12. A Mutiny and a Bounty

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Moribus paced outside the stone overhang with drawn sword, awaiting his master's return. Though the morning sun was blazing, it remained bitterly cold on the hilltop, and his breath frosted on the thin air. He held up the blade to regard his reflection in the pitted steel. Lack of sleep had left him looking red-eyed and feral. He breathed out heavily, clouding it over. Don't do anything rash, he counseled himself. Just play the loyal squire for a little while longer. But when he flipped the sword over, his haunted reflection returned. Is this what Pagun thought before he died? How long before the knight kills you too?

His overworked mind flipped back and forth between conspiracy and conjecture. So the knight had misled people into thinking he had slain hordes of dragons. What was the harm in that? As for killing, the injured Marduke had already been on death's doorstep, and there was no real proof he had done in his former squire, only suspicions. Accidents happened all the time, especially in a business as perilous as dragon-slaying. The hillside massacre was proof of that. On the other hand, if Lord Manerion did turn out to be a murderous fraud, then Moribus was in deathly peril. Even if he managed to survive, what did that make him by extension? So many questions, and so few paths that led back to Alvaron and safety.

What tormented him most was the thought that he might never again lay eyes on Meglinda again. He could picture her standing beneath the laurel oak, her almond eyes radiant in the sun. Would he ever get to stroke her pearly skin again?

He was still wrestling with these thoughts when the knight came around a bend in the path below, whistling a spritely tune as he tossed a stone in one hand. Moribus felt something rigid lock into place inside him, and he knew his course was set. He could endure the knight's insults and squally tempers, had grown used to them in fact, but this new jauntiness in the face of tragedy deeply unsettled him.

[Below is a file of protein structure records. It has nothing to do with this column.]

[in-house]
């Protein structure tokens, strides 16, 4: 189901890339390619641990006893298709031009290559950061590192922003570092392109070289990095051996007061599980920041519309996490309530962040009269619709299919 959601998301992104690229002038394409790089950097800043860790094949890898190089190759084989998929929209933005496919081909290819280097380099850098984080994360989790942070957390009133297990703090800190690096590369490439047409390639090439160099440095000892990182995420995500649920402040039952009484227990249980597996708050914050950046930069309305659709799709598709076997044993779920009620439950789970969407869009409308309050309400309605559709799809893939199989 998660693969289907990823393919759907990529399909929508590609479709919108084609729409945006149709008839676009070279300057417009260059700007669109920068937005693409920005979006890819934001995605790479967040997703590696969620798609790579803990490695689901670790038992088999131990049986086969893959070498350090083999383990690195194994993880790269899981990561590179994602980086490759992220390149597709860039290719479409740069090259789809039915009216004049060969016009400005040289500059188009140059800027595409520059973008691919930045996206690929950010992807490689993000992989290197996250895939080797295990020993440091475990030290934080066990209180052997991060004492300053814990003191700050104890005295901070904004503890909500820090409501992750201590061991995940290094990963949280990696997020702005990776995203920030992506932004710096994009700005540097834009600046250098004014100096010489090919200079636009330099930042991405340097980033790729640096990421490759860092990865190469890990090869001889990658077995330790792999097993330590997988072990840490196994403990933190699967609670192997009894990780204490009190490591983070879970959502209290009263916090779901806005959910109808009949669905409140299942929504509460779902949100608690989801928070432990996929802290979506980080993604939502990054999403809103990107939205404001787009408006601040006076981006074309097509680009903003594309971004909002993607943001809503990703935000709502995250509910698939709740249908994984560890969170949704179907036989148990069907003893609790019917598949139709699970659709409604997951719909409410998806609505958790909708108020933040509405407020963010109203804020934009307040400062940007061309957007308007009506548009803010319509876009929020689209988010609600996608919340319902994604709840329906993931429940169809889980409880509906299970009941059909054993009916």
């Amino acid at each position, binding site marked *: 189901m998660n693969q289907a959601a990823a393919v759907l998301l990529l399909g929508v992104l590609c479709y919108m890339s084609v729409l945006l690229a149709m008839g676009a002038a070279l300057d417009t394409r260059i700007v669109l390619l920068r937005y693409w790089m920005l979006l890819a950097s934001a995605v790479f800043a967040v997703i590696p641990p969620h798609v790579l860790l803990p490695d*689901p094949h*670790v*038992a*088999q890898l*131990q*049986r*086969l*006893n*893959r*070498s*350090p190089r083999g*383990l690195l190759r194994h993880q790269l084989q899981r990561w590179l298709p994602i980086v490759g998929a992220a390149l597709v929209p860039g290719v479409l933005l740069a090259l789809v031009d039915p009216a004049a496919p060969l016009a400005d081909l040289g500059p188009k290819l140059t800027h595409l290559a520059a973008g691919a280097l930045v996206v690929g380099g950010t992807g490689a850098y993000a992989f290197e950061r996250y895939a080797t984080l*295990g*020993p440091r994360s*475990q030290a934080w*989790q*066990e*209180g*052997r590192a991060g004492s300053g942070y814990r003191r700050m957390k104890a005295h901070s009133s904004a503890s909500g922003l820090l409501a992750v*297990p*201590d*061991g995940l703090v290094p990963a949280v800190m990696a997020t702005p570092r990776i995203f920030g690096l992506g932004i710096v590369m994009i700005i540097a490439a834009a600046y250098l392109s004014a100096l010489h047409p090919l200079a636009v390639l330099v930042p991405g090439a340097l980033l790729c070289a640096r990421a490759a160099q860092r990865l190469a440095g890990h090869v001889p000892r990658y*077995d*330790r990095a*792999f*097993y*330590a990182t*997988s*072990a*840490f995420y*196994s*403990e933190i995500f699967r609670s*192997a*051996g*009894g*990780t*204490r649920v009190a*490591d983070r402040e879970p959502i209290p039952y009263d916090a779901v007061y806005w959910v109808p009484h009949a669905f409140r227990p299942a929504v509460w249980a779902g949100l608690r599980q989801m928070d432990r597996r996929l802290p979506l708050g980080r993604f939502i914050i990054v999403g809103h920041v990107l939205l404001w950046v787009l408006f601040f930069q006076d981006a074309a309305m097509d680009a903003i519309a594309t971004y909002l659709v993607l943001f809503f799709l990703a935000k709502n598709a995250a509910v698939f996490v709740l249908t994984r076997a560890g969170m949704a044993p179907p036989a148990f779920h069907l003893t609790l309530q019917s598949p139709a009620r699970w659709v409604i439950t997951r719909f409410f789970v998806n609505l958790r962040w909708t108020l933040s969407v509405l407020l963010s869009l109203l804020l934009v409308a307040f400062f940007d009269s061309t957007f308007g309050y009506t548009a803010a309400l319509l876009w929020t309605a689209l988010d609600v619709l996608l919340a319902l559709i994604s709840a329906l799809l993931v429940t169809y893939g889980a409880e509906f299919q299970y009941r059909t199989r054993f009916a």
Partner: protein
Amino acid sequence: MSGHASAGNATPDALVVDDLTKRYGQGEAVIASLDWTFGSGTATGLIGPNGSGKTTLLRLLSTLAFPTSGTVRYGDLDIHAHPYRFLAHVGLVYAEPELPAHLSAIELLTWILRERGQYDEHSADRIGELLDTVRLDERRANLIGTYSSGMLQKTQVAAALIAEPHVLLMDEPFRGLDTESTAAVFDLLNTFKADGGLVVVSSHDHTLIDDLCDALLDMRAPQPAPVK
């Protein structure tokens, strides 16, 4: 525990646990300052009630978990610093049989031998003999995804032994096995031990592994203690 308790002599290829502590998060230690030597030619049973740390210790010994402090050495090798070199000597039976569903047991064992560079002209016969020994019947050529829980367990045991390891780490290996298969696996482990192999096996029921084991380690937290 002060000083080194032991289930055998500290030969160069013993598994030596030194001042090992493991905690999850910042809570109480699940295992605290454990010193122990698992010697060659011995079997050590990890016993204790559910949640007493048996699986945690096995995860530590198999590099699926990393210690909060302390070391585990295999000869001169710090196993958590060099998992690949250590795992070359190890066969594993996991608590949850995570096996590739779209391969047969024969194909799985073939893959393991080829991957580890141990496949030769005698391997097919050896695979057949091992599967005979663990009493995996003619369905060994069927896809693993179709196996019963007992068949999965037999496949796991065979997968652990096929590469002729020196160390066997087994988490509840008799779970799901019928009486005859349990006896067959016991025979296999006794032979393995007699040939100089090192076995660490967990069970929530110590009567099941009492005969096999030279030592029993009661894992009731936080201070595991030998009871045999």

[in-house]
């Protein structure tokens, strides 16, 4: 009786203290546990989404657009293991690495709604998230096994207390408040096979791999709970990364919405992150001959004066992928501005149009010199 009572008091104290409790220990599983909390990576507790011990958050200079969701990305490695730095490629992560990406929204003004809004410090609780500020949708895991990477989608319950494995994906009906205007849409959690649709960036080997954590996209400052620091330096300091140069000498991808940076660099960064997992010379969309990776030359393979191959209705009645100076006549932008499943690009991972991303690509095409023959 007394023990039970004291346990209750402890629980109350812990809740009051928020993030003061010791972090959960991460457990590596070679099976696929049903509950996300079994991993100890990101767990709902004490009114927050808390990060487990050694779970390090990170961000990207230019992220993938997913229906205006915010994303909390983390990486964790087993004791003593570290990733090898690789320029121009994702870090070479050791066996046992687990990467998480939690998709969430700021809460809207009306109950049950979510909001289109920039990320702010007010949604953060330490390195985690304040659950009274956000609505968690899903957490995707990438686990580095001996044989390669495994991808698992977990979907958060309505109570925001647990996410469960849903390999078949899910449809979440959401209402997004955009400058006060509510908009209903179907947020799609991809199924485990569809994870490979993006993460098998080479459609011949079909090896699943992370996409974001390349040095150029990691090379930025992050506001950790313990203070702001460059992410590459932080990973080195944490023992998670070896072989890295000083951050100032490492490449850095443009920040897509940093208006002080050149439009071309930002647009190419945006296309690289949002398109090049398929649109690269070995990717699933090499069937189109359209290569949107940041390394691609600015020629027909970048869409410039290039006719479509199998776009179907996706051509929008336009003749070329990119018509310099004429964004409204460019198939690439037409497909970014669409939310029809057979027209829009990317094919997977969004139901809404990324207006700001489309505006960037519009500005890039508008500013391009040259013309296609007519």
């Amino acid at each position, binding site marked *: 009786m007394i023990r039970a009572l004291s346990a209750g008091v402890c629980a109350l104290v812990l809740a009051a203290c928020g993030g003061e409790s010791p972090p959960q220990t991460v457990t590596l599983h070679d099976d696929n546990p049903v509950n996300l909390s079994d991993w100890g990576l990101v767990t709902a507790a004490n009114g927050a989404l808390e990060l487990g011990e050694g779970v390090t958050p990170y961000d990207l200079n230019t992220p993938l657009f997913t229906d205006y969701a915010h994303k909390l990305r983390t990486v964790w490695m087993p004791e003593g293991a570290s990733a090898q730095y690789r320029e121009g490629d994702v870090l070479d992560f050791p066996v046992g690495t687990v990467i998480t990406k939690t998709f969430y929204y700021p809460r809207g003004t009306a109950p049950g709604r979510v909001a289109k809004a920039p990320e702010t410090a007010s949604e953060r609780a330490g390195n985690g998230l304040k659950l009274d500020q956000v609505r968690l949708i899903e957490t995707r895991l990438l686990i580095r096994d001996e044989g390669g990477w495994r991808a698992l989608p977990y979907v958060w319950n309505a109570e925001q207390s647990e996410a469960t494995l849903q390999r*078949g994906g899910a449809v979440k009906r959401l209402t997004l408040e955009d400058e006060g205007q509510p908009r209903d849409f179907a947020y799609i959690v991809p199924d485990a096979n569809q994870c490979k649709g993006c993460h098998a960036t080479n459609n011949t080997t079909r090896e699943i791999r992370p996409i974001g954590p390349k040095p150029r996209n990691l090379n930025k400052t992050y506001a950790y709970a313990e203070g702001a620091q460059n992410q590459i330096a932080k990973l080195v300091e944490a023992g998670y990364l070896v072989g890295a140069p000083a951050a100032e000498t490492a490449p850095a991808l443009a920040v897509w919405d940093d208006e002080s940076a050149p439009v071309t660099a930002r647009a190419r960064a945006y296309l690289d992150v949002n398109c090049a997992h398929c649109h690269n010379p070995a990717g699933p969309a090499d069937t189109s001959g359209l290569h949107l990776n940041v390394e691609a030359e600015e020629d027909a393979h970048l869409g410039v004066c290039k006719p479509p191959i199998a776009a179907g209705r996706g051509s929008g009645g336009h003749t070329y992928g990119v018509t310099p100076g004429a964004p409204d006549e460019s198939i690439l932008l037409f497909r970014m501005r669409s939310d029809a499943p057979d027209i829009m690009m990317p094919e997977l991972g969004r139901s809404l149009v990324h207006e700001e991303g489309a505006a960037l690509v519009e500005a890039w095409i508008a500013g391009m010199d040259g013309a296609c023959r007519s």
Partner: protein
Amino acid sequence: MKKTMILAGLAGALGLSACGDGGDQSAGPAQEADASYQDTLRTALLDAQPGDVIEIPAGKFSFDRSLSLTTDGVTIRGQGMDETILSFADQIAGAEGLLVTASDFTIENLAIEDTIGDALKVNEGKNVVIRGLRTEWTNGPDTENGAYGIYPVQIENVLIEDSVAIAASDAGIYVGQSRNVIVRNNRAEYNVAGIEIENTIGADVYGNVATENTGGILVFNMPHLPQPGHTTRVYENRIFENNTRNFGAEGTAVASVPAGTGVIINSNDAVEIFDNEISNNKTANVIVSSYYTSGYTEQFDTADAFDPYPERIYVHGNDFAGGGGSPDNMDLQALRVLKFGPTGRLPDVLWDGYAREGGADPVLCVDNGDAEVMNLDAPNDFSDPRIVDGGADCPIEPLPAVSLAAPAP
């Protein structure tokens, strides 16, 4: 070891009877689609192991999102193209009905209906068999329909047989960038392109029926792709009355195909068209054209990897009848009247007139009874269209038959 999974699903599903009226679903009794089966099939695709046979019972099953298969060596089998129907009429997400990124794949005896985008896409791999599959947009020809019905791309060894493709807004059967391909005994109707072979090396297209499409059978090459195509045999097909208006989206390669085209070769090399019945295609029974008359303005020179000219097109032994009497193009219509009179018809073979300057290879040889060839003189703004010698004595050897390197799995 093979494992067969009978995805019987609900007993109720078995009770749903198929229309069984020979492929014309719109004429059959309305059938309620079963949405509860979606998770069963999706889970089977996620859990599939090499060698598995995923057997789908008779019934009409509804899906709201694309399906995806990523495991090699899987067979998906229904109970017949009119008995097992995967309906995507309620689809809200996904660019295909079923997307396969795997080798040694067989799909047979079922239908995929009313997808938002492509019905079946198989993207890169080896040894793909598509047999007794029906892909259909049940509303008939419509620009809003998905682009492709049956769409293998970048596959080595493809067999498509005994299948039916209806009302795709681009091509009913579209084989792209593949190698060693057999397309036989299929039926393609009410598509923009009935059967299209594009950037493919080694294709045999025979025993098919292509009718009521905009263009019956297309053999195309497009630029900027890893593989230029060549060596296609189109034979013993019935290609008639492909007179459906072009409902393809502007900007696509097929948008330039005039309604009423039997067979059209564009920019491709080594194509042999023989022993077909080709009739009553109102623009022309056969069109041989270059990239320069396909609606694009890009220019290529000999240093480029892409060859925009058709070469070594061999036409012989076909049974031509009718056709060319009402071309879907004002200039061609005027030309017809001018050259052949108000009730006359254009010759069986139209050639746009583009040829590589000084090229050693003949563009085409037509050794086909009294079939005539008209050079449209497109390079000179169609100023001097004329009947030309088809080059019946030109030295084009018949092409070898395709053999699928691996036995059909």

Moribus blocked the knight's path, holding his sword out before him. He had spent several sleepless hours composing a damning soliloquy for the occasion, but in the light of day, the words seemed overwrought and silly. "Stay right where you are," was all he could manage.

Lord Manerion stopped short. "Have you lost your wits, boy? What is the meaning of this?" He took a step forward.

"I said stay where you are!" Moribus cocked the sword. "Or so help me Rhojë, I will strike you."

"Easy there, boy." Lord Manerion spread his palms out placatingly. "If it's more lessons you want, I'm afraid the time for lessons is over. We've a real dragon to slay now, and that little tickle-stick of yours won't be of any use. So how about you put it down and go about your chores like a good little squire."

"I don't want any more lessons from you," Moribus said, marshaling his resolve. The knight sounded too calm, too reasonable, too much like his own inner voice urging him to back down. "I'm not putting down the sword until I get some answers."

"I see." The knight rolled the stone over his fingers as he coolly digested the situation. "Gone craven on me, is that it? Caught your first glimpse of death, and now you want to go crawling back to a warm bosom. Not that I blame you. Why, if I had a pretty damsel like yours, I would make a tent out of her skirts and camp inside them."

The knight had picked a bad time to make a bawdy jest. Moribus thrust the point of his sword underneath his chin. "How dare you speak of the Lady Meglinda like that!"

Lord Manerion raised his chin to expose more of his neck. "Go ahead and finish it, boy. Just make sure you get in a good, clean strike. I can't stand messy work. Just tell me one thing. How much are they paying you? If it's any less than a thousand crowns you were bought for too cheap."

"I don't know what you're talking about."

"Don't play me for the fool, boy. Who are you working for? Lord Tracheron? Lady Brandywine? The Legateen council?"

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